• the outbreak occurred in winter, a time when vitamin D concentrations are lowest
  • the number of cases in the southern hemisphere near the end of summer is low
  • vitamin D deficiency has been found to contribute to acute respiratory distress syndrome (ARDS)
  • case-fatality rates increase with age and with chronic disease comorbidity, both of which are associated with lower concentration of the vitamin.
The authors therefore recommend people at risk of COVID-19 consider raising 25(OH)D (calcidiol) concentrations above 40–60 ng/mL (100–150 nmol/L) to reduce the risk of infection.
For treatment of people who become infected with COVID-19, they believe higher doses of vitamin D  might be useful.
However, the authors also said randomised controlled trials and large population studies should be conducted to evaluate these recommendations.
One such study – the CoVit Trial – is currently recruiting in France. This is a multicentre, randomised controlled trial of high dose versus standard dose vitamin D3 in high-risk COVID-19 patients. Its estimated completion date is July 2020.
In the study description, the authors offer a further explanation for the potential role of vitamin D levels on SARS-CoV-2.
They say preclinical research suggests the virus enters cells via the angiotensin converting enzyme (ACE2) and that viral replication down-regulates ACE2, thereby dysregulating the renin-angiotensin system (RAS).
This can then lead to a cytokine storm in the host, causing ARDS.
‘Research also shows that vitamin D plays a role in balancing RAS and in reducing lung damage,’ the authors wrote.
Meanwhile, they said chronic low vitamin D levels induce pulmonary fibrosis through activation of RAS.
The authors also said vitamin D deficiency has been ‘strongly associated’ in the literature with ARDS and with various comorbidities associated to deaths during SARS-CoV-2 infections.
‘Conversely, vitamin D supplementation has been reported to increase immunity and to reduce inflammatory responses and the risk of acute respiratory tract infections,’ they wrote.

Professor Mark Morgan does not believe there is enough evidence regarding vitamin D levels and its impact on COVID-19 to warrant a change in practice.

Professor Mark Morgan, Chair of the RACGP Expert Committee – Quality Care (REC–QC), told newsGP he does not believe there is enough quality evidence to change current Australian recommendations regarding vitamin D.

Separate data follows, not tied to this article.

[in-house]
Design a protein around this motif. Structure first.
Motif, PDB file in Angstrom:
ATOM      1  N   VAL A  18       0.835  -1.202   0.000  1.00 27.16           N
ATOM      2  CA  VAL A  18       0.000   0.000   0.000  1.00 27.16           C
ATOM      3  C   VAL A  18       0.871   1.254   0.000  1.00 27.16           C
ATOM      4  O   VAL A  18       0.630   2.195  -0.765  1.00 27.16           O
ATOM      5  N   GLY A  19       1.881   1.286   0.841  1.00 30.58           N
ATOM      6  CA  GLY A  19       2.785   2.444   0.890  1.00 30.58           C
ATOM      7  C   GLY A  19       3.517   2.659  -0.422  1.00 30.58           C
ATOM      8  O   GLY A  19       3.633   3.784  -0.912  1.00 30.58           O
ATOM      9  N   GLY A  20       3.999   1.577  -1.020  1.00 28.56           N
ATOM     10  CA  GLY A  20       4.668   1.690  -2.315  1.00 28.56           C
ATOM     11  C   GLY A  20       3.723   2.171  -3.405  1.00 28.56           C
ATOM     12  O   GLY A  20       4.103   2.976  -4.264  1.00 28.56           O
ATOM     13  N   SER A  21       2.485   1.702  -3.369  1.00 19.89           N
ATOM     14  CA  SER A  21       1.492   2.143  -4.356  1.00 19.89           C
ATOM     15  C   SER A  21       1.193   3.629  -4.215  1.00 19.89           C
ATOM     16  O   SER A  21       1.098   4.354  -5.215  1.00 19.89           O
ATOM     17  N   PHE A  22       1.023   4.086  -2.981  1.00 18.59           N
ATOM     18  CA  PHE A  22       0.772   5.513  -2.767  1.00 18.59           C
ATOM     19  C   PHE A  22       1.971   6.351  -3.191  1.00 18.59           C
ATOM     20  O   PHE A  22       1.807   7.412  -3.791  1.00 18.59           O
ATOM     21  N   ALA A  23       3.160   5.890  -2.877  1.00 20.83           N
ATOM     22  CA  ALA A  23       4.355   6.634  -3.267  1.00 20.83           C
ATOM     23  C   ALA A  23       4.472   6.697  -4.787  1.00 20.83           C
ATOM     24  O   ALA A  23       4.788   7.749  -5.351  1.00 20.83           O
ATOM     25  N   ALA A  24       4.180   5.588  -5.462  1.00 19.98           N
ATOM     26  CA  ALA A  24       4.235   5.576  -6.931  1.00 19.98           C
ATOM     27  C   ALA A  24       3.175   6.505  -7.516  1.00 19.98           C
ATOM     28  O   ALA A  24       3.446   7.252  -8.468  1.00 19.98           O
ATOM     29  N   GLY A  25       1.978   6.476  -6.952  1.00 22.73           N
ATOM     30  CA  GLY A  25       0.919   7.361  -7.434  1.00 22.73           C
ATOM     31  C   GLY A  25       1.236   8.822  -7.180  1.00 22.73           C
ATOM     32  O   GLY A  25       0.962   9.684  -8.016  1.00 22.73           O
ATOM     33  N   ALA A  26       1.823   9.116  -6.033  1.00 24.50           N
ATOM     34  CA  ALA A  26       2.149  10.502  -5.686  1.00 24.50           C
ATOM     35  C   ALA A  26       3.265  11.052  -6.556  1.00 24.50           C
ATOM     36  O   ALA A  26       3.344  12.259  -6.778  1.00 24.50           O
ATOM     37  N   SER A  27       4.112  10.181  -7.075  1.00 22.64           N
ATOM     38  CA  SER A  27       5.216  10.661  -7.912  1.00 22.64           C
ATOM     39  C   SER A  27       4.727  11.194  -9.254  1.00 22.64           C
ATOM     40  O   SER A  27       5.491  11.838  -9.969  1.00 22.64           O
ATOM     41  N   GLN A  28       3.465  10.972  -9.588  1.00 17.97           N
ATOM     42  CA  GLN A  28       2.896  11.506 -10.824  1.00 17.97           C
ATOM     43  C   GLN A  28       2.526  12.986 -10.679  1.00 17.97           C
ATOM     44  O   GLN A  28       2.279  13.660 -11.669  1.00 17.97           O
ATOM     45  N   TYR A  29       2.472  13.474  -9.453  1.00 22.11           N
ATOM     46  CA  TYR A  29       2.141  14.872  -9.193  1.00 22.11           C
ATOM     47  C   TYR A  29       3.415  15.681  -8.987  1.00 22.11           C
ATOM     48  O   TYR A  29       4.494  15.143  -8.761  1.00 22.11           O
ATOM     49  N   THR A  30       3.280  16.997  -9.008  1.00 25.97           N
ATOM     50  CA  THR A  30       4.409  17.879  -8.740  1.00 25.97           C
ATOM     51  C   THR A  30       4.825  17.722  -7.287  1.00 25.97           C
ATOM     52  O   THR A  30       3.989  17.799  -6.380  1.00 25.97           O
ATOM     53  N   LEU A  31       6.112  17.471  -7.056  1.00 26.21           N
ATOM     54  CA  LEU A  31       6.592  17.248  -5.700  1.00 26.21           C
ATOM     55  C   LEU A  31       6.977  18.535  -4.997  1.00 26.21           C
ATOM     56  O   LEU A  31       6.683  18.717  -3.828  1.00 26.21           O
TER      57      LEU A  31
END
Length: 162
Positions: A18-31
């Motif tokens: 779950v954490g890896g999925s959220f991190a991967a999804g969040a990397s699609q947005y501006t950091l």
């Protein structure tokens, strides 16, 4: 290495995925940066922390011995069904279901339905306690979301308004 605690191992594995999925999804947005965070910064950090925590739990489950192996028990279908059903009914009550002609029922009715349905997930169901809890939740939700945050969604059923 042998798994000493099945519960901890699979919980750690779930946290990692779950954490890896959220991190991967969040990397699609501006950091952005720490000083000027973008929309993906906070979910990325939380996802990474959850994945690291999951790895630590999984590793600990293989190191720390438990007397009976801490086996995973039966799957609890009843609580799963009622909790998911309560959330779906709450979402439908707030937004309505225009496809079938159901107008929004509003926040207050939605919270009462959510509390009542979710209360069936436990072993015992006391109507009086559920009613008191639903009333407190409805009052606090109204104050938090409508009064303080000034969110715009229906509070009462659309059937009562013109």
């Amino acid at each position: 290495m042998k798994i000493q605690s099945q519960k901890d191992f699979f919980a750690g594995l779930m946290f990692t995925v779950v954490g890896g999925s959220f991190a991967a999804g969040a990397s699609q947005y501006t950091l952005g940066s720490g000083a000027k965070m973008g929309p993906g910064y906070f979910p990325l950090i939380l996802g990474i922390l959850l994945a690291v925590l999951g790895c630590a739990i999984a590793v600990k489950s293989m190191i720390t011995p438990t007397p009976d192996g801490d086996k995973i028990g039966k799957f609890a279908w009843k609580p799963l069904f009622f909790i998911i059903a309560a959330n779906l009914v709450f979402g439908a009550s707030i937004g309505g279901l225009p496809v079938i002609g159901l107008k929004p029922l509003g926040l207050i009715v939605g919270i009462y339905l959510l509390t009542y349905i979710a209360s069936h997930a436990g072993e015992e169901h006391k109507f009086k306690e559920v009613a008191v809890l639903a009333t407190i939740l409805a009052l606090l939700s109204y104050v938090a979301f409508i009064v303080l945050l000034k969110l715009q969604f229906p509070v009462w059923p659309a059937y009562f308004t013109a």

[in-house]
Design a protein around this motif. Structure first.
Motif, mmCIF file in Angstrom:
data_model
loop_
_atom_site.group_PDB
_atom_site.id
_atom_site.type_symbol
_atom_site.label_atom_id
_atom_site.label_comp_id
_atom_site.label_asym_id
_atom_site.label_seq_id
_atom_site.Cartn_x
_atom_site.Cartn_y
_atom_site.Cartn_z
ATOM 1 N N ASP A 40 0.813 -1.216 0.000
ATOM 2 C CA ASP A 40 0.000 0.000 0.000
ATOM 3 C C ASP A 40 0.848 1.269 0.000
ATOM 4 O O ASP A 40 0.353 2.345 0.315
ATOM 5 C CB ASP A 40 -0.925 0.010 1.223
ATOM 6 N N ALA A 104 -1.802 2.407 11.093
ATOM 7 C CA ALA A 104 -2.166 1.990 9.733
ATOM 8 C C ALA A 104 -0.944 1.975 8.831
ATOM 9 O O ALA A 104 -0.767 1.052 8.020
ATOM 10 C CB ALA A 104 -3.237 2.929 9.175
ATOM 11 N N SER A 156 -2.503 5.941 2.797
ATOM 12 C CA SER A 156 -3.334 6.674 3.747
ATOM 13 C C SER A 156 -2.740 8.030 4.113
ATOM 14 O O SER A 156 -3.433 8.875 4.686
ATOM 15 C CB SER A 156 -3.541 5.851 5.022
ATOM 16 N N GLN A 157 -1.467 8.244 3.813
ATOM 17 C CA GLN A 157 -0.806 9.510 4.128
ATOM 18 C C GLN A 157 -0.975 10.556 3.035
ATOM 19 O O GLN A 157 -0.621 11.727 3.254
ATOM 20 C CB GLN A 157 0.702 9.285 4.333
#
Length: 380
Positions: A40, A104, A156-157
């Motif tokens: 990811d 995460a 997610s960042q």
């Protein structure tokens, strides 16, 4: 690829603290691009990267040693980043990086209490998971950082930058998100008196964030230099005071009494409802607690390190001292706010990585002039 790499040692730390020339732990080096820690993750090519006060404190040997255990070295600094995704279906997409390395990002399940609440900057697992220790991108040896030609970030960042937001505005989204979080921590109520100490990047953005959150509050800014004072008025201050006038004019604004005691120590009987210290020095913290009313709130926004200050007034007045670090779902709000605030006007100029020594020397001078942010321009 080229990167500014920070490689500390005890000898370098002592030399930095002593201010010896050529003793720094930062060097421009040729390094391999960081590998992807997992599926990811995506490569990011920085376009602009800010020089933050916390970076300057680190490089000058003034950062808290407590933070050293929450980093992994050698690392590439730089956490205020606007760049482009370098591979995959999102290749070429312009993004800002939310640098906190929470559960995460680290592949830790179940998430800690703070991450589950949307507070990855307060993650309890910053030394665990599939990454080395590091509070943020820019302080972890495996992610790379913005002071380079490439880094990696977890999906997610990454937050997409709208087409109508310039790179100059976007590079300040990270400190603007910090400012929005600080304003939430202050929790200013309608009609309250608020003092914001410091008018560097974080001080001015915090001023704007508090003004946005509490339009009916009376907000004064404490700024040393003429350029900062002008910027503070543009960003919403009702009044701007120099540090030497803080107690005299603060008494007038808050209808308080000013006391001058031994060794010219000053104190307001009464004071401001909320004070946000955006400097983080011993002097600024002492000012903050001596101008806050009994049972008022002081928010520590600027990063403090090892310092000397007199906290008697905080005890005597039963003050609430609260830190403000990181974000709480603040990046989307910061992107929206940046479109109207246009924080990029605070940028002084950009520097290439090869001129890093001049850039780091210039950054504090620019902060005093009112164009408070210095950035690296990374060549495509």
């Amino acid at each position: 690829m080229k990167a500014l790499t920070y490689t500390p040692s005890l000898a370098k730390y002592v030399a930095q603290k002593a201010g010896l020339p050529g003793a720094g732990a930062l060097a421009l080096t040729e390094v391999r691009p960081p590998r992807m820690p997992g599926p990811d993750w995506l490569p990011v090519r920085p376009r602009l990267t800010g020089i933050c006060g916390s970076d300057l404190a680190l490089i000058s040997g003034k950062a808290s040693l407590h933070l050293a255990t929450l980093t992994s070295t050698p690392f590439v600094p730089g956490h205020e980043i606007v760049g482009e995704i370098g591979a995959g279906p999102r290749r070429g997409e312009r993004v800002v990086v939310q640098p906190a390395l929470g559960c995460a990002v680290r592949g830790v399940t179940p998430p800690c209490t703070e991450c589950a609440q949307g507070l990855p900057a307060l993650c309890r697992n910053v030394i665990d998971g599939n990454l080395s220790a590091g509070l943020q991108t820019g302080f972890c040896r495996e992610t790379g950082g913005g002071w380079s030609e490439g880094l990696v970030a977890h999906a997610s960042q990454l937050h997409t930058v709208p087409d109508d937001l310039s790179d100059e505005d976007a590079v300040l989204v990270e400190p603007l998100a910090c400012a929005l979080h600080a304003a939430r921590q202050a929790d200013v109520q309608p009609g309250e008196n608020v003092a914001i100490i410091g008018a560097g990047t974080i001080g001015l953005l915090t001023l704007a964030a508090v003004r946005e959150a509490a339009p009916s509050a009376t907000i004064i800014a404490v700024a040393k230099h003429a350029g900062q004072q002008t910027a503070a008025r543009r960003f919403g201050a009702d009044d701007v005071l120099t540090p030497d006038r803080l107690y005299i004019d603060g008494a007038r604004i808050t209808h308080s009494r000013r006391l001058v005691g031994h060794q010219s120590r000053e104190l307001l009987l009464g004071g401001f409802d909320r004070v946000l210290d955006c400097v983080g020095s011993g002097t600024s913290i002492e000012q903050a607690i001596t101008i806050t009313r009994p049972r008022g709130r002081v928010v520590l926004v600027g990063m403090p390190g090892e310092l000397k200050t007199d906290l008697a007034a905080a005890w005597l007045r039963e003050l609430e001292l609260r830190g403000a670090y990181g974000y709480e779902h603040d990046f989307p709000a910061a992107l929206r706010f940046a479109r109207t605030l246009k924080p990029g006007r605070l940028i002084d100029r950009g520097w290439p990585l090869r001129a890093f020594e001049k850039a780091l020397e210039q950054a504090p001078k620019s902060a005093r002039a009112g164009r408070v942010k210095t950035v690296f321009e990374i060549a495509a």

‘At the moment, I’ve not seen any evidence that using vitamin D could prevent or treat COVID-19,’ he said.
‘I know that there’s a number of controlled trials that are being commenced to look into that, but we’ll have to wait for the results of those trials before we have any information.’
While Professor Morgan said there are ‘some really interesting mechanisms by which vitamin D could be an important mediator’, he is also concerned by the apparent results of observational studies that may be heavily influenced by confounding factors.
‘For example, people with low vitamin D quite often end up being the frail elderly in residential aged care facilities and those are the very people that are at risk of death from COVID-19,’ he said.
‘We don’t know whether there’s any causality between low vitamin D or whether it’s just an association.’
He is keen to note that as new evidence emerges regarding potential chemoprophylaxis or treatment for COVID-19, it is examined by the National COVID-19 Clinical Evidence Taskforce (the taskforce) and updated weekly in a living guideline. He is the chair of the expert panel for primary and chronic care for the taskforce.
At this stage, Professor Morgan does not believe further testing of vitamin D levels should be encouraged based on what is known so far regarding vitamin D and COVID-19.
‘There isn’t enough evidence related to COVID-19 to say that we should be adding that to a set of tests at the moment or doing further what we normally would have done to deal with vitamin D,’ he said.
‘I don’t think there’s enough evidence to make a change in practice at all.’
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Dr Amanda Leigh Irwin   16/05/2020 12:18:23 PM